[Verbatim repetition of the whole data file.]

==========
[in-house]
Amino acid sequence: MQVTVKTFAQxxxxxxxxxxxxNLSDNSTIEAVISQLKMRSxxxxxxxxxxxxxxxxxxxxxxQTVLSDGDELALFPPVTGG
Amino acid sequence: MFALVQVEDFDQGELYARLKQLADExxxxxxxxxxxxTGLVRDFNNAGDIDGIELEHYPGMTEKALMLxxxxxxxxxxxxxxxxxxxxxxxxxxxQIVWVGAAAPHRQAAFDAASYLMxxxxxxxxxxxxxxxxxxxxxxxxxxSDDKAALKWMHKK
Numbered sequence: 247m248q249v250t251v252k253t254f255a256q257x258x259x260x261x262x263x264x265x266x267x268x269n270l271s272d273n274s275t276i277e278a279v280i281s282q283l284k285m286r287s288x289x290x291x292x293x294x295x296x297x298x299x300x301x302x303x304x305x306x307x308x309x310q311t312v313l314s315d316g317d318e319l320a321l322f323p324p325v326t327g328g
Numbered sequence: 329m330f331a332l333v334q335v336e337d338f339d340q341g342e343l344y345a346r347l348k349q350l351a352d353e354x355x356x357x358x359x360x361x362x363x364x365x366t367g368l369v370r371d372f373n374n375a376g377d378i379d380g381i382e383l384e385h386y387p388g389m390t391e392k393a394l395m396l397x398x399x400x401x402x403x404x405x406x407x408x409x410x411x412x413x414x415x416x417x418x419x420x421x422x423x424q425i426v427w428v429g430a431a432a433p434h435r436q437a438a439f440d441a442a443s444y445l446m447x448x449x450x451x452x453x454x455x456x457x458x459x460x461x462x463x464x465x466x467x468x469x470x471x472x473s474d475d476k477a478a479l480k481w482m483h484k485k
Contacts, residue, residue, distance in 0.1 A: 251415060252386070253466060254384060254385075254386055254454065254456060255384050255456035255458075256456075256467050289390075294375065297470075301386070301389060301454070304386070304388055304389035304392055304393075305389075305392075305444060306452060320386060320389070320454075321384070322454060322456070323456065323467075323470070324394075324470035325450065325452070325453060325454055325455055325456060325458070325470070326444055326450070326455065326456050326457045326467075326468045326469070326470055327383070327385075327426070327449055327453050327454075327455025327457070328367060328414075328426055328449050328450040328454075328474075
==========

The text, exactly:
[in-house]
Amino acid sequence: MQVTVKTFAQxxxxxxxxxxxxNLSDNSTIEAVISQLKMRSxxxxxxxxxxxxxxxxxxxxxxQTVLSDGDELALFPPVTGG
Amino acid sequence: MFALVQVEDFDQGELYARLKQLADExxxxxxxxxxxxTGLVRDFNNAGDIDGIELEHYPGMTEKALMLxxxxxxxxxxxxxxxxxxxxxxxxxxxQIVWVGAAAPHRQAAFDAASYLMxxxxxxxxxxxxxxxxxxxxxxxxxxSDDKAALKWMHKK
Numbered sequence: 247m248q249v250t251v252k253t254f255a256q257x258x259x260x261x262x263x264x265x266x267x268x269n270l271s272d273n274s275t276i277e278a279v280i281s282q283l284k285m286r287s288x289x290x291x292x293x294x295x296x297x298x299x300x301x302x303x304x305x306x307x308x309x310q311t312v313l314s315d316g317d318e319l320a321l322f323p324p325v326t327g328g
Numbered sequence: 329m330f331a332l333v334q335v336e337d338f339d340q341g342e343l344y345a346r347l348k349q350l351a352d353e354x355x356x357x358x359x360x361x362x363x364x365x366t367g368l369v370r371d372f373n374n375a376g377d378i379d380g381i382e383l384e385h386y387p388g389m390t391e392k393a394l395m396l397x398x399x400x401x402x403x404x405x406x407x408x409x410x411x412x413x414x415x416x417x418x419x420x421x422x423x424q425i426v427w428v429g430a431a432a433p434h435r436q437a438a439f440d441a442a443s444y445l446m447x448x449x450x451x452x453x454x455x456x457x458x459x460x461x462x463x464x465x466x467x468x469x470x471x472x473s474d475d476k477a478a479l480k481w482m483h484k485k
Contacts, residue, residue, distance in 0.1 A: 251415060252386070253466060254384060254385075254386055254454065254456060255384050255456035255458075256456075256467050289390075294375065297470075301386070301389060301454070304386070304388055304389035304392055304393075305389075305392075305444060306452060320386060320389070320454075321384070322454060322456070323456065323467075323470070324394075324470035325450065325452070325453060325454055325455055325456060325458070325470070326444055326450070326455065326456050326457045326467075326468045326469070326470055327383070327385075327426070327449055327453050327454075327455025327457070328367060328414075328426055328449050328450040328454075328474075